A bitter industrial dispute between junior doctors and their employers cost at least $5 million.
District health boards ratified a deal between negotiating teams in the dispute last Thursday and the approval of the doctors is expected within weeks.
Information provided to RNZ under the Official Information Act shows the cost of the most recent, 73-hour strike in January was $3.4m, across 12 of the 18 DHBs affected. Six DHBs were unable to supply total costs within the required timeframe.
The costs - for providing cover by senior doctors - were on top of $1.5m in costs incurred during an earlier two-day strike last October.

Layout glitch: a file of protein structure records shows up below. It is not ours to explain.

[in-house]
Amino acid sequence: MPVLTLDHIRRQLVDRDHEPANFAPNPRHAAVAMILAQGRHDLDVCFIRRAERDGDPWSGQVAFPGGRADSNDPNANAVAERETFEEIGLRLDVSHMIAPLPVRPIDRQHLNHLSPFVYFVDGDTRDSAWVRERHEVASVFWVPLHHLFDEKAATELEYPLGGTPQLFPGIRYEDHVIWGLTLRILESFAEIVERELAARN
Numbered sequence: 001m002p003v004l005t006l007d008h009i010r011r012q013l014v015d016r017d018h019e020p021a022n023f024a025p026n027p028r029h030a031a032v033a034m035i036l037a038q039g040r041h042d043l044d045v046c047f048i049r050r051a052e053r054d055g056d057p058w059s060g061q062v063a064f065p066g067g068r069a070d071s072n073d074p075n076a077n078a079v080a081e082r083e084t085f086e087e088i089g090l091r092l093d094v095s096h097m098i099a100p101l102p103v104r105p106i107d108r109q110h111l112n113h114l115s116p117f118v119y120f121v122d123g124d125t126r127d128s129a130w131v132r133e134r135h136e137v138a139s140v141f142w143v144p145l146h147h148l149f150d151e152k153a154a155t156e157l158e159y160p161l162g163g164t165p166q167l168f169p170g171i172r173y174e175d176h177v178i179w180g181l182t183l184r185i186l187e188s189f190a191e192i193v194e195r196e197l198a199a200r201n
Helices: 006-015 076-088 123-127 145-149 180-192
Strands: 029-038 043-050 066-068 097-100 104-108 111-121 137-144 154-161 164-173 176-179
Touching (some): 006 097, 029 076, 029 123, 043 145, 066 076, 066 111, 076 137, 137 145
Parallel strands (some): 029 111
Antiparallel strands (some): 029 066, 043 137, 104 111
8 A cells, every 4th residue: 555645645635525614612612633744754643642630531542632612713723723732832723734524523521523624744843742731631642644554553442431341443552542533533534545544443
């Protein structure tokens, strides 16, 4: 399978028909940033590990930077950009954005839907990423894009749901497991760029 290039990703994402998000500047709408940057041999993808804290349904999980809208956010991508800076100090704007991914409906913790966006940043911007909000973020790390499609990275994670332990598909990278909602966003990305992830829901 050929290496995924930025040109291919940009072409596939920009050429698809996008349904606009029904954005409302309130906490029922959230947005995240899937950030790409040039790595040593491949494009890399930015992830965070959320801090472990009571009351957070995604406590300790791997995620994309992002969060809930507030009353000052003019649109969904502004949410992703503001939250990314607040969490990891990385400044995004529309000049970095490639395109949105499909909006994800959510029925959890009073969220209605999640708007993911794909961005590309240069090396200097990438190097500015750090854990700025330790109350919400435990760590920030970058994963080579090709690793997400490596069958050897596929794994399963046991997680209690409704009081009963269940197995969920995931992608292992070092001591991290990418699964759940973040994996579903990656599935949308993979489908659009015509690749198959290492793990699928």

DHBs say the length of the strike in January and leave configurations that month were behind the higher cost.
The DHBs did not provide the costs of locum, or temporary, doctors, saying they would need to do substantial extra work to collate that information.
The cost of a national contingency planner for both strikes was about $10,000.
DHBs say a total of 914 surgical procedures were postponed across all 18 DHBs during the latest strike.
In addition, about 5900 outpatient specialist and follow-up appointments were postponed.
The strike in October caused the postponment of 628 elective surgical procedures, 316 other procedures, and about 3000 outpatient and follow-up appointments.
DHBs are not making any comment on the settlement or its overall cost until the junior doctors have ratified it.